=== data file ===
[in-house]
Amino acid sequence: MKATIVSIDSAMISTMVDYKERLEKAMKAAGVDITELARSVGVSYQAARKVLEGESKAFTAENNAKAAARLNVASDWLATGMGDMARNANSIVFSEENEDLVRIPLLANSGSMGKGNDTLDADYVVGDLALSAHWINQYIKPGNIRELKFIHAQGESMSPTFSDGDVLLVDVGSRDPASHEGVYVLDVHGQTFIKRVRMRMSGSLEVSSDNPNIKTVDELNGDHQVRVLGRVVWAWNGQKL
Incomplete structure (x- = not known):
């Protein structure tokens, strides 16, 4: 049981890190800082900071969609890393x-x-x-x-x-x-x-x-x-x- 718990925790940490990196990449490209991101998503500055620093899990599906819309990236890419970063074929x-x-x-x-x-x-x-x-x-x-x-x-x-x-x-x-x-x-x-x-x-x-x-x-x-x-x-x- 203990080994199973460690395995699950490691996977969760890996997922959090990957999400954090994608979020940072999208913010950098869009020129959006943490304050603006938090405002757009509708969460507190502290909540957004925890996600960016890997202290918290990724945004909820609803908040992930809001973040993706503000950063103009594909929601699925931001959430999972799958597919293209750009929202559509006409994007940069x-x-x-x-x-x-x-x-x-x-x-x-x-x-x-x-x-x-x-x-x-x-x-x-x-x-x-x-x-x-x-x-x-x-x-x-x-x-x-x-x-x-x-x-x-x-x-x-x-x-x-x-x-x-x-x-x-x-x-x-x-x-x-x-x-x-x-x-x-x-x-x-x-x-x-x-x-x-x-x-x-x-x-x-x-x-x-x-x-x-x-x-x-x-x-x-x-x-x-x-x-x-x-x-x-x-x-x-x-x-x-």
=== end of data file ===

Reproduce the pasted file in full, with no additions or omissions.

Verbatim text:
[in-house]
Amino acid sequence: MKATIVSIDSAMISTMVDYKERLEKAMKAAGVDITELARSVGVSYQAARKVLEGESKAFTAENNAKAAARLNVASDWLATGMGDMARNANSIVFSEENEDLVRIPLLANSGSMGKGNDTLDADYVVGDLALSAHWINQYIKPGNIRELKFIHAQGESMSPTFSDGDVLLVDVGSRDPASHEGVYVLDVHGQTFIKRVRMRMSGSLEVSSDNPNIKTVDELNGDHQVRVLGRVVWAWNGQKL
Incomplete structure (x- = not known):
């Protein structure tokens, strides 16, 4: 049981890190800082900071969609890393x-x-x-x-x-x-x-x-x-x- 718990925790940490990196990449490209991101998503500055620093899990599906819309990236890419970063074929x-x-x-x-x-x-x-x-x-x-x-x-x-x-x-x-x-x-x-x-x-x-x-x-x-x-x-x- 203990080994199973460690395995699950490691996977969760890996997922959090990957999400954090994608979020940072999208913010950098869009020129959006943490304050603006938090405002757009509708969460507190502290909540957004925890996600960016890997202290918290990724945004909820609803908040992930809001973040993706503000950063103009594909929601699925931001959430999972799958597919293209750009929202559509006409994007940069x-x-x-x-x-x-x-x-x-x-x-x-x-x-x-x-x-x-x-x-x-x-x-x-x-x-x-x-x-x-x-x-x-x-x-x-x-x-x-x-x-x-x-x-x-x-x-x-x-x-x-x-x-x-x-x-x-x-x-x-x-x-x-x-x-x-x-x-x-x-x-x-x-x-x-x-x-x-x-x-x-x-x-x-x-x-x-x-x-x-x-x-x-x-x-x-x-x-x-x-x-x-x-x-x-x-x-x-x-x-x-």